by Thomas Giacobbi, DDS, FAGD, Editorial Director, Dentaltown Magazine
Upon meeting Dr. David Ahearn for the first time, you learn he is a gentle soul with a passion for dentistry. Then
you might learn that in addition to practicing dentistry and owning two offices, he is also the president of Design
Ergonomics, a company specializing in efficient and elegant design of dental offices and more recently a manufacturer
of operatory equipment. He lectures across the country on topics ranging from proper ergonomics to efficient
office design. Impressive. During a recent conversation, I learned that he had just opened a second dental
practice with 15 operatories in only 4,000 square feet. Impossible you say? I thought the same thing, but Dr.
Ahearn practices what he preaches and he has proven these revolutionary concepts in his own dental practice.
This is an account of our recent interview with the goal of giving you an inside look at this unique practice.
Click Here To View Dr. Ahearn's Top Five
David, why did you choose dentistry as a profession?
|Name: David Ahern, DDS
Graduate from: University of Michigan
Year graduated: 1981
Practice Name: Original office: Perfect Smiles;
New office: SouthCoast Smiles
New Practice Location: Seekonk, MA
Year when this office opened: April 2010
Practice Size: 4,000 sq. ft., 15 operatories Staff: Five
Web site: www.southcoastperfectsmiles.com
In high school, I had no idea what I wanted to be. I decided to be clever and I thought what I
would do is throw out the things I didn't
want to be. I could throw out 1,000 things of what I didn't want
to be. I thought if I could get it down to 20, I could pick from 20. That day I had a dentist appointment. I
walked from my high school to this little green office that used dingy, belt-driven handpieces, and a dentist
who didn't pay any attention to me because I wasn't the payer. I was elated as I walked out of that practice,
because it was this first thing scratched off my list of jobs I would never do. Fast-forward about 10 years. I
was a little apprehensive about going to the dentist because I had a toothache. I was studying at Michigan
State and I was on fellowship as a researcher. I was not happy that I was a researcher in a room with no windows
looking at data; not interacting with people and not using my biology that I knew and loved. I went
to the dentist and was treated in a kind and conscientious way and that very day I realized I had gone in the
wrong direction 10 years earlier. So I made a career decision change in November of that year. Luckily I had
some research skills and walked down to the University of Michigan dental school where they directed me
through the process. I was one of two out-of-state students that year.
What is your practice philosophy?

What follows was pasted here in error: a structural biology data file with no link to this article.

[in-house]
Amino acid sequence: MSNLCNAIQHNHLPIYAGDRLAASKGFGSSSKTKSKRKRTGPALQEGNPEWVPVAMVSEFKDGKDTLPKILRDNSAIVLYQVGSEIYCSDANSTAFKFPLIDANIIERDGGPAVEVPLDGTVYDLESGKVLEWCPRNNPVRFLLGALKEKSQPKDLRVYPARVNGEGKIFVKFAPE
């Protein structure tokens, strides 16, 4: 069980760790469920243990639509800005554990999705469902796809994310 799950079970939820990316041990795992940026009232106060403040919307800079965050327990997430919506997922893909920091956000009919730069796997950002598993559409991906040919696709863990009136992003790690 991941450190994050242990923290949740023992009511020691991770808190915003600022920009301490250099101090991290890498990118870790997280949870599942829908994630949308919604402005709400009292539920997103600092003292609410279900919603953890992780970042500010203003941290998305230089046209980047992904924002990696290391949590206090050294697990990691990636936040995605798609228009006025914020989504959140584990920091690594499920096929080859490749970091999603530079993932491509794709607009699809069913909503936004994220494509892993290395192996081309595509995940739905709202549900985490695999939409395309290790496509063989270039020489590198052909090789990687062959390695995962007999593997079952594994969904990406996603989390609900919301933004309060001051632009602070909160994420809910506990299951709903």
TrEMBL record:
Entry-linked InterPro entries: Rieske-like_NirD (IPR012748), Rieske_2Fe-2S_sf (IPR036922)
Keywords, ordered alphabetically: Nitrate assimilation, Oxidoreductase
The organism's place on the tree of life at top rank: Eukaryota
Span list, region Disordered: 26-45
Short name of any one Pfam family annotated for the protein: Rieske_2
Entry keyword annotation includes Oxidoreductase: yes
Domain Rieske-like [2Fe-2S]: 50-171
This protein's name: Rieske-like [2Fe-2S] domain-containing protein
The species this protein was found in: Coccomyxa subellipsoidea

I taught prosthetics, so I came from an elitist world. You know, "we know how to do incredible
things for you." Those are my roots, but more and more I have come to be the servant. The more I become a servant
of the practice of my staff and my patients – the more I am rewarded with success in the practice. Our philosophy
is just serve, serve, serve. It's a consumerist approach, and while it is certainly not to the level of some
folks, that does mean at 7 a.m. somebody is going to be there and at 7 p.m. somebody is going to be there. Some
Saturdays we are going to be open. You have a toothache today, then we are going to figure out how to see you.
Southcoast Smiles is a brand-new office. You have had your original office,
for how long?
We opened Perfect Smiles in 1993. When I opened Perfect Smiles there were no banks in this
area. The Resolution Trust Corporation had closed all the banks, the unemployment rate was 18.5 percent
and the office was doing more than $1 million a year within 18 months back in 1993. We had the attitude
of, "We will be there for you," and that has served everyone well.
What lessons did you learn from your original office in developing and designing
your new office?
We work with more than 100 doctors a year, and given that we have this incredibly fortunate
relationship with some of the most productive dentists on earth, we interact on a daily basis with folks who
shaped what we think. The original office was built after five years of study with guys from NASA and MIT;
guys who weren't in dentistry and also studying productivity anywhere we could find it. That was the foundation. What has changed between then and now is that the digital revolution happened.
Things we guessed back then, that high technology needed to be mobilized
or imbedded have already paid off, so we knew we were on the right track. But now
in the next level there needs to be even greater mobilization of high technology. For
example both offices are CEREC offices, every room has three monitors.
When you opened the second facility tell me a
little bit about how you are approaching the use
of staff from the original facility.